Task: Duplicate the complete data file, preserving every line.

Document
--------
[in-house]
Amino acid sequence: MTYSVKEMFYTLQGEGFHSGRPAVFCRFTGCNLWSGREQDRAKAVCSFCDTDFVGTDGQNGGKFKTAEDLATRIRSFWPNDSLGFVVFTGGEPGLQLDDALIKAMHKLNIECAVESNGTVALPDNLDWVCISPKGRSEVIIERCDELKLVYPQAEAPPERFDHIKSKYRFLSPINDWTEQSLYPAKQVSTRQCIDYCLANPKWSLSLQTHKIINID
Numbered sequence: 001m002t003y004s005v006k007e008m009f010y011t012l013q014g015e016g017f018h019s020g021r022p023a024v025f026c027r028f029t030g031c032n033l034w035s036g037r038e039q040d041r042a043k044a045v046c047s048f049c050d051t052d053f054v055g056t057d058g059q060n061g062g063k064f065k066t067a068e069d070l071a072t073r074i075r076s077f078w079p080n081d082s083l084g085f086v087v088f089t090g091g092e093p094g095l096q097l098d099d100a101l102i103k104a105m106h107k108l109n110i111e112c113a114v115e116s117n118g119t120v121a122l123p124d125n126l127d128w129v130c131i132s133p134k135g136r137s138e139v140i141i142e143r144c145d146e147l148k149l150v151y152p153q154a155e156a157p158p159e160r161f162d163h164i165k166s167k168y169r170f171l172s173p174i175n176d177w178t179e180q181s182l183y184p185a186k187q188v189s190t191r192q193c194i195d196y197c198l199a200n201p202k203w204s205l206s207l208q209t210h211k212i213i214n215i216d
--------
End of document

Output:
[in-house]
Amino acid sequence: MTYSVKEMFYTLQGEGFHSGRPAVFCRFTGCNLWSGREQDRAKAVCSFCDTDFVGTDGQNGGKFKTAEDLATRIRSFWPNDSLGFVVFTGGEPGLQLDDALIKAMHKLNIECAVESNGTVALPDNLDWVCISPKGRSEVIIERCDELKLVYPQAEAPPERFDHIKSKYRFLSPINDWTEQSLYPAKQVSTRQCIDYCLANPKWSLSLQTHKIINID
Numbered sequence: 001m002t003y004s005v006k007e008m009f010y011t012l013q014g015e016g017f018h019s020g021r022p023a024v025f026c027r028f029t030g031c032n033l034w035s036g037r038e039q040d041r042a043k044a045v046c047s048f049c050d051t052d053f054v055g056t057d058g059q060n061g062g063k064f065k066t067a068e069d070l071a072t073r074i075r076s077f078w079p080n081d082s083l084g085f086v087v088f089t090g091g092e093p094g095l096q097l098d099d100a101l102i103k104a105m106h107k108l109n110i111e112c113a114v115e116s117n118g119t120v121a122l123p124d125n126l127d128w129v130c131i132s133p134k135g136r137s138e139v140i141i142e143r144c145d146e147l148k149l150v151y152p153q154a155e156a157p158p159e160r161f162d163h164i165k166s167k168y169r170f171l172s173p174i175n176d177w178t179e180q181s182l183y184p185a186k187q188v189s190t191r192q193c194i195d196y197c198l199a200n201p202k203w204s205l206s207l208q209t210h211k212i213i214n215i216d